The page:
Touching on the consultative approach that the authorities adopted in response to complaints of noise by residents, National University of Singapore biology lecturer N Sivasothi welcomes the method and suggests that steps could be taken to understand the extent of feeding as well, which typically increases population levels.

“As we see the fruit of greening and connecting our urban environments, animals will be seen more often, and education about co-existence is important to introduce to communities which have had little contact with nature in the past.

“This also applies to those who feed wildlife deliberately or accidentally,” he said.

Fowl me once, fowl me twice

This isn’t the first time on the island we’ve heard complaints about our fowl friends. In January 2017, the Agri-Food and Veterinary Authority (AVA) put down 24 chickens in Sin Ming following over 20 resident complaints of noise. The move sparked an outcry across Singapore, with people questioning the need for such drastic measures against relatively harmless animals and whether those birds were in fact the endangered red junglefowls instead of domestic chickens.

Later in April, another culling was done, this time in the Sungei Api Api area in Pasir Ris. A flock of 10 birds or more were culled down to just two or three. Residents were furious that AVA did the culling without even informing or consulting the residents. Again, residents noted that those were the endangered native variety.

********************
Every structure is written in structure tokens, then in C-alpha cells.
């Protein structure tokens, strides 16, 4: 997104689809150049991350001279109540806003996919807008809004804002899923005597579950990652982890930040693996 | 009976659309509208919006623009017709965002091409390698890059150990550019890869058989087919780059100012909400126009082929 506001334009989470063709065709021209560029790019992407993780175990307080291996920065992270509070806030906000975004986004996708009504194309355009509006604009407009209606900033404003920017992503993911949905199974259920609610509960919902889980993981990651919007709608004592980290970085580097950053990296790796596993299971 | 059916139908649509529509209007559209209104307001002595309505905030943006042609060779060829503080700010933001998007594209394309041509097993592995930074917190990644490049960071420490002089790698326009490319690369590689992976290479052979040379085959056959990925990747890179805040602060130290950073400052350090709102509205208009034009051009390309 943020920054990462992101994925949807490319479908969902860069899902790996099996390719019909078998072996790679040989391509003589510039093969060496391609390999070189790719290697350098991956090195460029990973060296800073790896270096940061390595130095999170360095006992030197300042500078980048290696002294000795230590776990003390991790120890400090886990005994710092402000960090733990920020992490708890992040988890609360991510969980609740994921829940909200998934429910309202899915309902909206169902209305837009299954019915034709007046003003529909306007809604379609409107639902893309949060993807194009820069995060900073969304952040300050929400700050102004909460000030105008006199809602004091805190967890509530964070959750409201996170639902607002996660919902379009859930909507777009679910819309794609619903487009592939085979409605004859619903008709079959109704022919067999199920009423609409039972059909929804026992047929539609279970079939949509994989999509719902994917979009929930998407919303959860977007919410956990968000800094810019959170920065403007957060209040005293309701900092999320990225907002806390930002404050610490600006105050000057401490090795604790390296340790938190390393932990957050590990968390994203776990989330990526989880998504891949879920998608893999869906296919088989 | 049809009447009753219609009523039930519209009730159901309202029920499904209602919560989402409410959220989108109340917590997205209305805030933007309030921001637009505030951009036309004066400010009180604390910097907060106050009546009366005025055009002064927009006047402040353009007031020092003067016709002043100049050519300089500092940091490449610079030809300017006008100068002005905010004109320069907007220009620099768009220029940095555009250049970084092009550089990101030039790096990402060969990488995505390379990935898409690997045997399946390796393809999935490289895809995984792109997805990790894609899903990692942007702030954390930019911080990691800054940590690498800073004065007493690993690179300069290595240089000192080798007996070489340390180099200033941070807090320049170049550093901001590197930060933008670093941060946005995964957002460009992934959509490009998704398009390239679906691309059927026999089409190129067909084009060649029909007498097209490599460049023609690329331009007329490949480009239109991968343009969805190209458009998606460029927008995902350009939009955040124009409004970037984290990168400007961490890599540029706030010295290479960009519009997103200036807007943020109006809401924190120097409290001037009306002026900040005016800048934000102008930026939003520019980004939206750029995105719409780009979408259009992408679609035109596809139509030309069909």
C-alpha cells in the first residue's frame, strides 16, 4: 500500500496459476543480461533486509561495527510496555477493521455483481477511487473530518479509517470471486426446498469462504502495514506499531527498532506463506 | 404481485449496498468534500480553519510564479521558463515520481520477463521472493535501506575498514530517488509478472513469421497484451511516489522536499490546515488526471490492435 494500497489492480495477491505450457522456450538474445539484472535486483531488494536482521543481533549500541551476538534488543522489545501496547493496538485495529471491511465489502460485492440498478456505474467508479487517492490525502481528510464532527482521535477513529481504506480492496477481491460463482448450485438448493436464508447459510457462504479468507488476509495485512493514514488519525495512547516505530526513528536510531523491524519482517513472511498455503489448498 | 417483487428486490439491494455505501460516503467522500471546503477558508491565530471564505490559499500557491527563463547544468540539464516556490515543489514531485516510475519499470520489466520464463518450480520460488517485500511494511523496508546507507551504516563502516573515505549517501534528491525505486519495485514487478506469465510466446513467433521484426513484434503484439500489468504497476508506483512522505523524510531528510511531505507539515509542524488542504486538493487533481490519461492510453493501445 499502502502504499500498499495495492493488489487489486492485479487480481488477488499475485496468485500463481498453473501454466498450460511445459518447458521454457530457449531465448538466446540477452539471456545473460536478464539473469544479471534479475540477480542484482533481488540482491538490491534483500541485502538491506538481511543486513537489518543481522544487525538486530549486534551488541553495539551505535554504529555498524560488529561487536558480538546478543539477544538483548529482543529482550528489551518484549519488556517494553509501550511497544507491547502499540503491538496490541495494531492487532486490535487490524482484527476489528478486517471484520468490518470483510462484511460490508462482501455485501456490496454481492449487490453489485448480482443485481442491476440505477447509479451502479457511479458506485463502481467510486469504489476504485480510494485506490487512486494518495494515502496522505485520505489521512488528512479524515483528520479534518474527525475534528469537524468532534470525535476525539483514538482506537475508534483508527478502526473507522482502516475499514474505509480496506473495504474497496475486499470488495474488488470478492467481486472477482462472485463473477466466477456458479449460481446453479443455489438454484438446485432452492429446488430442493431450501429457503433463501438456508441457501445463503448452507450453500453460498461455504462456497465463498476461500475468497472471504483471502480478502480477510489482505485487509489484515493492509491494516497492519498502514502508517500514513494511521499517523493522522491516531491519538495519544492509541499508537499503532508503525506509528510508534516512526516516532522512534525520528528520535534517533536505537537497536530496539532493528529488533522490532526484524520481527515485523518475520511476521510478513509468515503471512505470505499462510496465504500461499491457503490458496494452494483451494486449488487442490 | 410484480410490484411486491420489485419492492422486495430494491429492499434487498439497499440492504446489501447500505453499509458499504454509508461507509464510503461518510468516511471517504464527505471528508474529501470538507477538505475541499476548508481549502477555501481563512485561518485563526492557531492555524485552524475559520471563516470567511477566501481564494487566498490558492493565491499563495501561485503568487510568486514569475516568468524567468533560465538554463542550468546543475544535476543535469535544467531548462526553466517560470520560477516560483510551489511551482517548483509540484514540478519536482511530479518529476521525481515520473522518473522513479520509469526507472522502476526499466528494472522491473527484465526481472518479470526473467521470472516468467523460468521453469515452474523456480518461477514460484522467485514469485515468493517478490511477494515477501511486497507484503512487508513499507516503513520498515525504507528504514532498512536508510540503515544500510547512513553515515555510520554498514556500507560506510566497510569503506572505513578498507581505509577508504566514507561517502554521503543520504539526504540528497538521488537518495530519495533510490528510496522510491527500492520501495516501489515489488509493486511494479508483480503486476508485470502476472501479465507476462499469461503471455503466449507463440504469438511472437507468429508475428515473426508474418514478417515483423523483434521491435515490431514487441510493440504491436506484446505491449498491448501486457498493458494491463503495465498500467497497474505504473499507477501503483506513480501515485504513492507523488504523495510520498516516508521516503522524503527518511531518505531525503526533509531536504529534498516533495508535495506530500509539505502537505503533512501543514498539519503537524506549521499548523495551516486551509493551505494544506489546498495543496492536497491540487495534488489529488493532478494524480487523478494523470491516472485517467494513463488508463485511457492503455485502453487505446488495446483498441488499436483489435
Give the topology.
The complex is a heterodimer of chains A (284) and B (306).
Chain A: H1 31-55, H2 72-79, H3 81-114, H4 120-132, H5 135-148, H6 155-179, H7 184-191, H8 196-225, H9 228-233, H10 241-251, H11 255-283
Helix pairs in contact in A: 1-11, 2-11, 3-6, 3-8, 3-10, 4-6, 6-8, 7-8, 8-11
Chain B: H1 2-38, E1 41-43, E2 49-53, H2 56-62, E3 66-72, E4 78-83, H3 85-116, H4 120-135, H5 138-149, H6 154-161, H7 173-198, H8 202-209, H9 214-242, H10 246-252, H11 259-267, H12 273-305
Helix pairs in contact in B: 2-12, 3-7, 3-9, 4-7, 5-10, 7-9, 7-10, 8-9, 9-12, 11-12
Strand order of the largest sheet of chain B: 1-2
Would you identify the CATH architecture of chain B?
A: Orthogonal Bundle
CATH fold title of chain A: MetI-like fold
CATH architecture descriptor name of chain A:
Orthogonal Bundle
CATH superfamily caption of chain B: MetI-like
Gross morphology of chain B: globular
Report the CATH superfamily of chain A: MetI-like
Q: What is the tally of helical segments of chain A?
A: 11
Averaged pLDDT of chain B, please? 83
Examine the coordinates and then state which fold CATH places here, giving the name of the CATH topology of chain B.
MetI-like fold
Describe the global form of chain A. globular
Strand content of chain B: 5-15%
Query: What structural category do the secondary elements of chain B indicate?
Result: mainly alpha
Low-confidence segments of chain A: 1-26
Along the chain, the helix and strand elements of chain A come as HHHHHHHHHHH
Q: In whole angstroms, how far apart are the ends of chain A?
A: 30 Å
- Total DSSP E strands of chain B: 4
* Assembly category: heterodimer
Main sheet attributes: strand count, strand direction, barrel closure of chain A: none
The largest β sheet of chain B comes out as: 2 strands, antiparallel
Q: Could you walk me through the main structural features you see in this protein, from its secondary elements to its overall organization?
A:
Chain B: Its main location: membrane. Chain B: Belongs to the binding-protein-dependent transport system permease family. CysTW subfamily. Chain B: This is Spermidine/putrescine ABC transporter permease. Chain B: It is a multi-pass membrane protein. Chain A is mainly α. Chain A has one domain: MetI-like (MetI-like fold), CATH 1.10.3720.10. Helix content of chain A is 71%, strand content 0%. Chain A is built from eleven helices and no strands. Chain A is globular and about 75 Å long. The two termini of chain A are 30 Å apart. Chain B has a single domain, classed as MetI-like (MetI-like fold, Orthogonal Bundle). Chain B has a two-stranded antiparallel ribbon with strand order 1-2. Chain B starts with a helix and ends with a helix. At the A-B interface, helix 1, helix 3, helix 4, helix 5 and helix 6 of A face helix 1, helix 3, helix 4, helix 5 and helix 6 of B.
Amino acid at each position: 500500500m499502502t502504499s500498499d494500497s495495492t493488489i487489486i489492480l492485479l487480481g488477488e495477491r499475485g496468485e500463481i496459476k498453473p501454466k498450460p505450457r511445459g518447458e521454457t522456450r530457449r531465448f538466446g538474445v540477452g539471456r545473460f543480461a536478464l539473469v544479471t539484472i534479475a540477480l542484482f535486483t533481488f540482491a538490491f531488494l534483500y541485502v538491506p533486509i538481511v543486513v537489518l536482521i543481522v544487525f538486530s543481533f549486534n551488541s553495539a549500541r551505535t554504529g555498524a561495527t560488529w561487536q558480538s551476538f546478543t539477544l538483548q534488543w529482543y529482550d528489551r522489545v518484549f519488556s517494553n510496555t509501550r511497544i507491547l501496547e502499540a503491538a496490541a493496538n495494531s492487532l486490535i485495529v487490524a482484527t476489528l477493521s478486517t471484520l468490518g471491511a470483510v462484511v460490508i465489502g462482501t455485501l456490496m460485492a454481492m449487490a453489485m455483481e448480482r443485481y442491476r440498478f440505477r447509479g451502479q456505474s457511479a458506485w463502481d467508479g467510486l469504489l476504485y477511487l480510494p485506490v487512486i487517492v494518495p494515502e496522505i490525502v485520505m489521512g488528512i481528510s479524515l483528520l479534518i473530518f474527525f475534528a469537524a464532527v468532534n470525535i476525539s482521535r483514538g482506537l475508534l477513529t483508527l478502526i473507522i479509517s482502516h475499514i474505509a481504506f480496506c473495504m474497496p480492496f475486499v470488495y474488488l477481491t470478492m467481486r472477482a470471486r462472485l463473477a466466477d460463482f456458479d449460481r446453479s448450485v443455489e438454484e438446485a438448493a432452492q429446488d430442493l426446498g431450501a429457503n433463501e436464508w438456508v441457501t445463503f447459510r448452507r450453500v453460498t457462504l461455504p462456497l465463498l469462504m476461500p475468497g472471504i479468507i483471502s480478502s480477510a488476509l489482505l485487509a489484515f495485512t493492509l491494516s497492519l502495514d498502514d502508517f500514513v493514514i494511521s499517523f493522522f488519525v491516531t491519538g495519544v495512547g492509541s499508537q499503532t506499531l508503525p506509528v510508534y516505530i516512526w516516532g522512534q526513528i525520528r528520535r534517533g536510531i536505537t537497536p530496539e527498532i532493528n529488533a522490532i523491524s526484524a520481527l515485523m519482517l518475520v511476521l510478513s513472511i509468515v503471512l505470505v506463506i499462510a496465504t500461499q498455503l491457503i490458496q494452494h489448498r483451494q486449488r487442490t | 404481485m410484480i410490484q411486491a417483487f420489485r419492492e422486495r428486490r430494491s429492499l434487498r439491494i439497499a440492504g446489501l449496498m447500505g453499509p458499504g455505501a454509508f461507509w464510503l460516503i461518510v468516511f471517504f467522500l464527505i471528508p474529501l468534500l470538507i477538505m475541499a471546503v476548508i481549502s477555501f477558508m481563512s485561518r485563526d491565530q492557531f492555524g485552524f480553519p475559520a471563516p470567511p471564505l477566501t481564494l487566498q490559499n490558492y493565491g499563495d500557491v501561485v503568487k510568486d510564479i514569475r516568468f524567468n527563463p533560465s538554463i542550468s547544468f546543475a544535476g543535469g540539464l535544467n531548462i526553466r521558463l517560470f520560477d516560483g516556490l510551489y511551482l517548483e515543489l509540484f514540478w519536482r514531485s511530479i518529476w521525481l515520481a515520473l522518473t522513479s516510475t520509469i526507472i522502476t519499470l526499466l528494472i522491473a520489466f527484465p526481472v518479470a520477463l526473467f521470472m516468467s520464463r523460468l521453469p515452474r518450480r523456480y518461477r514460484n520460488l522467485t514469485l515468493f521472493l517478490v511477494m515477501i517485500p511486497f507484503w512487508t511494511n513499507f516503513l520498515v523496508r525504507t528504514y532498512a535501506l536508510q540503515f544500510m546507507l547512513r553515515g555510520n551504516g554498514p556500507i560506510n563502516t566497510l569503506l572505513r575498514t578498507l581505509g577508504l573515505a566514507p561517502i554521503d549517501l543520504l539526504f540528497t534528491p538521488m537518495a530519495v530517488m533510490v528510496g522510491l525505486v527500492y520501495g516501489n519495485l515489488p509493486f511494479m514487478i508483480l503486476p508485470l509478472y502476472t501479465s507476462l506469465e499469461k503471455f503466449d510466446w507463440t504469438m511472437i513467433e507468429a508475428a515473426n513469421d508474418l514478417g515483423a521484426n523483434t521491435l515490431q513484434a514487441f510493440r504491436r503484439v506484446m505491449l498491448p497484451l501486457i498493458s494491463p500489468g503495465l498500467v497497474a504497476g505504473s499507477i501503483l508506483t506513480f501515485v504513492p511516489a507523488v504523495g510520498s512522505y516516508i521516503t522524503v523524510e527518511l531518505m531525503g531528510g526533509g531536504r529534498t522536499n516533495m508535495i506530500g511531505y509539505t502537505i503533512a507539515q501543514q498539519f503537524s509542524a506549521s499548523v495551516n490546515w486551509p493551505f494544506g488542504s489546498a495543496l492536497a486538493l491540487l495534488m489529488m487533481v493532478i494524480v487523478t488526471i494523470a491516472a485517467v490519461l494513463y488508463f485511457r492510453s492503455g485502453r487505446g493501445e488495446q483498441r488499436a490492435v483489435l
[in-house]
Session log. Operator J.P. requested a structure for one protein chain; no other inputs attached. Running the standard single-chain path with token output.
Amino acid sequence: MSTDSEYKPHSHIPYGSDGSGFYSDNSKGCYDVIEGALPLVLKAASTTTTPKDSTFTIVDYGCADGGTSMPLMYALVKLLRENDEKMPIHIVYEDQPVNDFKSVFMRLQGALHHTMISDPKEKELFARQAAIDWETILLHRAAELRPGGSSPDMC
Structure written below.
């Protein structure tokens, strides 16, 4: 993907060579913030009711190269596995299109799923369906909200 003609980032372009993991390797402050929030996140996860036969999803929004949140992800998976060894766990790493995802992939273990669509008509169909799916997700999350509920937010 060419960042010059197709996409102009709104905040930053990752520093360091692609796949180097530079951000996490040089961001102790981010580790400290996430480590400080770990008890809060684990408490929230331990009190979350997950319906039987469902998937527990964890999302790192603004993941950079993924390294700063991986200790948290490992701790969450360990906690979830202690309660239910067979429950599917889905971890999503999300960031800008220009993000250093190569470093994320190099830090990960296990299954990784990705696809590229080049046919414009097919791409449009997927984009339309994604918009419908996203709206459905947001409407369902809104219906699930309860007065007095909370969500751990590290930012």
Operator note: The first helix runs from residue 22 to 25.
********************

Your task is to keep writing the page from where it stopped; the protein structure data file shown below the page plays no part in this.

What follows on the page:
During a parliamentary session on 2 February 2017 on the incident at Sin Ming, Nee Soon MP Louis Ng Kok Kwang asked the Minister of State for National Development Dr Koh Poh Koon about the authorities’ methods in dealing with these creatures.

Specifically, he questioned Dr Koh’s description of the animals as ‘chickens’.

Dr Koh said, “Some have suggested that the chickens could be relocated to the wild, for example, in places like in Pulau Ubin or other forested areas. But the chickens in Sin Ming and in most of our urban settings are highly unlikely to be of native stock and are therefore different from our indigenous breed of Red Junglefowl, which is an endangered species known to occur only in Pulau Ubin and the Western Catchment area. ”

Mr Ng, on the other hand, pointed out, “I have seen the photographs of the chickens or some of them at Sin Ming Avenue. They are indeed a Red Junglefowl. There are two birds there: the domestic chickens and the Red Junglefowl. Just to clarify because AVA had mentioned earlier that the free-ranging chickens seen on mainland Singapore are not the Red Junglefowl. That statement is inaccurate.”

In response, Dr Koh suggested that experts could be engaged and genetic studies could be done to determine the exact species of the fowls in question.

The thing is, the ST article reporting on the two incidents in 2017 also used the term ‘red junglefowl’ to describe the birds that were culled, noting that the residents in those areas were certain of the species and pointed out the distinctive grey legs as proof.

So did Dr Koh misrepresent the issue in parliament and to the general public when he continued to refer to the birds as chickens? And what is the argument for culling those animals without confident confirmation that they were actually domestic chickens and not red junglefowls?